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forummm

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Re: Logarithmic Improvement To An Expense
« Reply #14 on: June 02, 2015, 09:23:57 PM »
Changing the extension doesn't mean it is a jpg.  Save to your computer, open it in Notepad - first 3 letters are GIF.

You could even save the file to your computer, change the file extension to "txt", and then it will automatically open in Notepad for you when you double click it.

arebelspy

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Re: Logarithmic Improvement To An Expense
« Reply #15 on: June 03, 2015, 09:56:45 AM »
Changing the extension doesn't mean it is a jpg.  Save to your computer, open it in Notepad - first 3 letters are GIF.

You could even save the file to your computer, change the file extension to "txt", and then it will automatically open in Notepad for you when you double click it.

Actually I have all my text files open in adobe acrobat.
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forummm

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Re: Logarithmic Improvement To An Expense
« Reply #16 on: June 04, 2015, 02:04:08 PM »
Changing the extension doesn't mean it is a jpg.  Save to your computer, open it in Notepad - first 3 letters are GIF.

You could even save the file to your computer, change the file extension to "txt", and then it will automatically open in Notepad for you when you double click it.

Actually I have all my text files open in adobe acrobat.

Perhaps something new for you to learn today: you can change what program your txt files (or any files) open in.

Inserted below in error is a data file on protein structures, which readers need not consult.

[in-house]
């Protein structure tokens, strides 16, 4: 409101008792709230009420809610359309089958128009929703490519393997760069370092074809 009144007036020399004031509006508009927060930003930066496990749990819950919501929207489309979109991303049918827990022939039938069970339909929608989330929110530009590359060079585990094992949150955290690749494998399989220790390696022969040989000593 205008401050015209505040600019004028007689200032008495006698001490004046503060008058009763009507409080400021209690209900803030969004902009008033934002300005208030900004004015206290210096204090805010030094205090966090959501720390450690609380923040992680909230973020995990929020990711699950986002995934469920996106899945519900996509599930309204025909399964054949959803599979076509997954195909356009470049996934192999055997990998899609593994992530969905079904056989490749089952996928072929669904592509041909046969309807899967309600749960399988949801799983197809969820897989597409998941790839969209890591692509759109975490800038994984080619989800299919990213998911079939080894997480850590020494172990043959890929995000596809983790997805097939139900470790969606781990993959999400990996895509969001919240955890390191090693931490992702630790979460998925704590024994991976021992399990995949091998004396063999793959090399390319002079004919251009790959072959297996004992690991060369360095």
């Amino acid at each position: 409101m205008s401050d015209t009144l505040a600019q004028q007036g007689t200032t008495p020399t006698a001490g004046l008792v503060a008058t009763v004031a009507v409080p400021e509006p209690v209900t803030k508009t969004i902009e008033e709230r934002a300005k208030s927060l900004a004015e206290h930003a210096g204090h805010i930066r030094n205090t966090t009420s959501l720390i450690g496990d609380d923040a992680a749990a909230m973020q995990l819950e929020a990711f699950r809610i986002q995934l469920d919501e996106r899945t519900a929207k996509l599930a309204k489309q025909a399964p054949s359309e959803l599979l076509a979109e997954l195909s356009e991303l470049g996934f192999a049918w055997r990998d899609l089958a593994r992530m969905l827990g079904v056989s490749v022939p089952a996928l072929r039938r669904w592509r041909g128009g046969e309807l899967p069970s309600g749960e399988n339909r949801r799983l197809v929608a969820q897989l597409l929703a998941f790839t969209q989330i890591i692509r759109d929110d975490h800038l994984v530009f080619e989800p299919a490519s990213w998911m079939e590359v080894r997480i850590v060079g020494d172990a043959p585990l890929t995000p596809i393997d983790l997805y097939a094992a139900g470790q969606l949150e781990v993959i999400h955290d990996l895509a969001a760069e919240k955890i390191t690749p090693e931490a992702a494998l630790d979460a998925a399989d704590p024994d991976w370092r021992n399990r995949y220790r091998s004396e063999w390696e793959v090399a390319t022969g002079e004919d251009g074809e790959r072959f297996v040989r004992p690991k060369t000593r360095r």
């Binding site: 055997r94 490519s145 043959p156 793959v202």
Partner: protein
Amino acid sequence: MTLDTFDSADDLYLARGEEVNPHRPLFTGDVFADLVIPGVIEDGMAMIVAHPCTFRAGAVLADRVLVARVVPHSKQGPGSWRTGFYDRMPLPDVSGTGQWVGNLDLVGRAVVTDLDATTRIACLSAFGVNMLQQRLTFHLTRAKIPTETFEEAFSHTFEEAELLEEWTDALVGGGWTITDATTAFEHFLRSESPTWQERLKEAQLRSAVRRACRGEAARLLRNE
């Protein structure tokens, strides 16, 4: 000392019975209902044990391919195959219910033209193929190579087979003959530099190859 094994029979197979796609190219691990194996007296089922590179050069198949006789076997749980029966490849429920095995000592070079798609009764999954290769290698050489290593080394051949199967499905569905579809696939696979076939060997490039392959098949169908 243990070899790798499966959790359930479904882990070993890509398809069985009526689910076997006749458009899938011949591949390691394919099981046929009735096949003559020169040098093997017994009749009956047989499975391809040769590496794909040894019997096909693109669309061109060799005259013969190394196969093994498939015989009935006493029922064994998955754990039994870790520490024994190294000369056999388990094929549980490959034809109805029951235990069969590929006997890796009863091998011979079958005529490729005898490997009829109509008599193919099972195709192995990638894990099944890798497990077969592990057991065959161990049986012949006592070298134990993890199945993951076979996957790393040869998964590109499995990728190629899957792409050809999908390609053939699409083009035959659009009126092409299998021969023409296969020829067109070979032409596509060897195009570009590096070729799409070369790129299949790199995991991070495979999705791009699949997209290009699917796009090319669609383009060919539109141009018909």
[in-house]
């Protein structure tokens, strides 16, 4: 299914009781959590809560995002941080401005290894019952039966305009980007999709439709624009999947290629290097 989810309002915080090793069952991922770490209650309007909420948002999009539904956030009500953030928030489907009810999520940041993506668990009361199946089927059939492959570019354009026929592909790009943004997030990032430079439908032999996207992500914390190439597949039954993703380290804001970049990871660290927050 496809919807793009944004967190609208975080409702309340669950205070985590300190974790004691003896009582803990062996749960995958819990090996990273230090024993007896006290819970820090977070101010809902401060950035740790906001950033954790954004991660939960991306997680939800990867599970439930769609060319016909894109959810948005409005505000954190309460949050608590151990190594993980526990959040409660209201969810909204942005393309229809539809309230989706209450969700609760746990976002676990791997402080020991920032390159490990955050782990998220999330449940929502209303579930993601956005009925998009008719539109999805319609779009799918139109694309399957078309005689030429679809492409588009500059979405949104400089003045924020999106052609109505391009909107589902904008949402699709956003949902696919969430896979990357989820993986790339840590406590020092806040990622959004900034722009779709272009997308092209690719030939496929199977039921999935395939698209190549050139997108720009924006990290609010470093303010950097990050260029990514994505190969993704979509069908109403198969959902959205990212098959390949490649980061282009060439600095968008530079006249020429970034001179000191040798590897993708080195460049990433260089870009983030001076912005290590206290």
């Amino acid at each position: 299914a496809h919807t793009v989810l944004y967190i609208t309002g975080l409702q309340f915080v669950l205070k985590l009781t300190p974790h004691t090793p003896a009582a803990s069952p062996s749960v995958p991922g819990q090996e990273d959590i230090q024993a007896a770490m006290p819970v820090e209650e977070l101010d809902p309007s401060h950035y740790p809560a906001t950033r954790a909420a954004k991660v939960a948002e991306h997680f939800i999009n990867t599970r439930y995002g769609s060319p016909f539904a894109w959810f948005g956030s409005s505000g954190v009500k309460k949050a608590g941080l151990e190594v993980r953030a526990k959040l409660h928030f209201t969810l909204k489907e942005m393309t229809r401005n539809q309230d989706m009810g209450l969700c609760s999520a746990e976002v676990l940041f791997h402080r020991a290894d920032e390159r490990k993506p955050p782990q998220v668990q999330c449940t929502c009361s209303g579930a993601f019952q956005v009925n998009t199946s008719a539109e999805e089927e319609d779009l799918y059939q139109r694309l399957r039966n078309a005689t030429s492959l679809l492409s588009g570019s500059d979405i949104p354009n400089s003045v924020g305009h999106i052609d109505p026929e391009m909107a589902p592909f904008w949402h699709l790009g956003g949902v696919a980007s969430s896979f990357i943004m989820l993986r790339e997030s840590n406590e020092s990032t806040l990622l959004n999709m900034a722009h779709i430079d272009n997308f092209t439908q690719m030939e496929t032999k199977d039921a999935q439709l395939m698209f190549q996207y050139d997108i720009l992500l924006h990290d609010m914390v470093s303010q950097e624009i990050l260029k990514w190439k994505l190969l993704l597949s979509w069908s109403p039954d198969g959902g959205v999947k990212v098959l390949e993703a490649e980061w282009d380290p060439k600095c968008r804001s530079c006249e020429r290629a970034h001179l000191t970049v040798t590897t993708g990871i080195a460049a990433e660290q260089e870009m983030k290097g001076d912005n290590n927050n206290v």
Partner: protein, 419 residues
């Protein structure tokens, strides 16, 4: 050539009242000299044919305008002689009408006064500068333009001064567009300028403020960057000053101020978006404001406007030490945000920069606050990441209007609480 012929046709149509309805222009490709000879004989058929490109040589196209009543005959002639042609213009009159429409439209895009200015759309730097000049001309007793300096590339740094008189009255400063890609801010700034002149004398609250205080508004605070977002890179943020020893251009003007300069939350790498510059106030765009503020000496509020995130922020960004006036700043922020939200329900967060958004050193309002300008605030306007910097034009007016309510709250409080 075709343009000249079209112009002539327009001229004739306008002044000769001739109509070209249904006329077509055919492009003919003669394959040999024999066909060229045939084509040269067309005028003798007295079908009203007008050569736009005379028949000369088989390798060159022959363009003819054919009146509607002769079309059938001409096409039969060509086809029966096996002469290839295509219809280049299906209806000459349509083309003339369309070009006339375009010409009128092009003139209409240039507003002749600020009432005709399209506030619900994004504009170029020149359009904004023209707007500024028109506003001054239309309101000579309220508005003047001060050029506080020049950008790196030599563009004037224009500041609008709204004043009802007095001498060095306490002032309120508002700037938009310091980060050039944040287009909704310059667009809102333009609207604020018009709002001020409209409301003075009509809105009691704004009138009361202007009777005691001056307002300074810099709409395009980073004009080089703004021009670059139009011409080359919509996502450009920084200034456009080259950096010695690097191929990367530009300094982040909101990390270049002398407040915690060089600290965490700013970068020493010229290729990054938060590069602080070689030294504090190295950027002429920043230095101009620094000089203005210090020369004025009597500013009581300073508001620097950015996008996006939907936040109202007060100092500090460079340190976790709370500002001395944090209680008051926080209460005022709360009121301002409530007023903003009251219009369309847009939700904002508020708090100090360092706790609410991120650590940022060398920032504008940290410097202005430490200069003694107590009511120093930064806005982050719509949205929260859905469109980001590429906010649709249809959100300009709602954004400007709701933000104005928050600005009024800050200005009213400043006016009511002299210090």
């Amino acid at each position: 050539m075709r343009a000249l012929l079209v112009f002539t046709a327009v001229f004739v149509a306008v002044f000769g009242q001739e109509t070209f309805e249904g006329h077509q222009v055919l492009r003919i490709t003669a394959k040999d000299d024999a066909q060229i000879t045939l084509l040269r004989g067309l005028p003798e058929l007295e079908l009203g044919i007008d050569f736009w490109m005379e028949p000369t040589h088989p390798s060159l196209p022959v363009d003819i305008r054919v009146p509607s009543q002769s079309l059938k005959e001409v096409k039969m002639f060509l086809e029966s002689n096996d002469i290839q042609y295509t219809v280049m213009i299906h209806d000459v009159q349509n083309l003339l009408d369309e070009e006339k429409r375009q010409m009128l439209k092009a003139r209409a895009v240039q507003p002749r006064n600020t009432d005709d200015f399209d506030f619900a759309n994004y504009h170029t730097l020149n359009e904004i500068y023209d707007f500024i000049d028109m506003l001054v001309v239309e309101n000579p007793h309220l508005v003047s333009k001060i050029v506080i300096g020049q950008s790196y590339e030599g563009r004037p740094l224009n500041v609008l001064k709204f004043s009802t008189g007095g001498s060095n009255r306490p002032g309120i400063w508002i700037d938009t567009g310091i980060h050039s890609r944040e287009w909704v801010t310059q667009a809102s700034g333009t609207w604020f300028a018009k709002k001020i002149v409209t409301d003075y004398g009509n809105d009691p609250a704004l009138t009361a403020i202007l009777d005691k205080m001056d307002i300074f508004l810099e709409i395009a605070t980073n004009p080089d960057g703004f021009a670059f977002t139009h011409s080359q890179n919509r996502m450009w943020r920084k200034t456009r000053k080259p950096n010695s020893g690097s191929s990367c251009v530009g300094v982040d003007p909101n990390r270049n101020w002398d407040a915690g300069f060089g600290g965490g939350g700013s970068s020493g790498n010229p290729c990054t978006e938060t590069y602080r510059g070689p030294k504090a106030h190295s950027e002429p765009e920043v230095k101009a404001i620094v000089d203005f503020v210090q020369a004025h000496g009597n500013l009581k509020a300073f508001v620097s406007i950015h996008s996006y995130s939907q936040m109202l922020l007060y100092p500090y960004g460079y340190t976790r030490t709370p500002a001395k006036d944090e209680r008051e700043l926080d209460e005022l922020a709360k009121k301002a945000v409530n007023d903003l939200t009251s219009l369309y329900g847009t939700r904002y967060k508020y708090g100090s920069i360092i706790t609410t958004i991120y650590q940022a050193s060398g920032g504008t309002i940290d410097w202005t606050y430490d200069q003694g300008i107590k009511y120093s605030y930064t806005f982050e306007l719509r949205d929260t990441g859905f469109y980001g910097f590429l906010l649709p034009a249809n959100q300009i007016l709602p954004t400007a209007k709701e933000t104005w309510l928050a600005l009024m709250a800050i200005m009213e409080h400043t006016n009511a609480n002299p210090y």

Right click on a file of the type you want to change, select "open with" (or move to the "choose default program" if a submenu is available). Then you can browse to any program on your computer and check the "always use this program..." box to set it as the default.

Don't do this wantonly. There isn't much reason to change.

arebelspy

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Re: Logarithmic Improvement To An Expense
« Reply #17 on: June 04, 2015, 03:29:28 PM »
Changing the extension doesn't mean it is a jpg.  Save to your computer, open it in Notepad - first 3 letters are GIF.

You could even save the file to your computer, change the file extension to "txt", and then it will automatically open in Notepad for you when you double click it.

Actually I have all my text files open in adobe acrobat.

Perhaps something new for you to learn today: you can change what program your txt files (or any files) open in.

Right click on a file of the type you want to change, select "open with" (or move to the "choose default program" if a submenu is available). Then you can browse to any program on your computer and check the "always use this program..." box to set it as the default.

Don't do this wantonly. There isn't much reason to change.

Why would you want anything to open in any program except adobe acrobat?  All of my files open in acrobat.

I will admit that watching a movie in pdf format makes my scrolling finger hurt.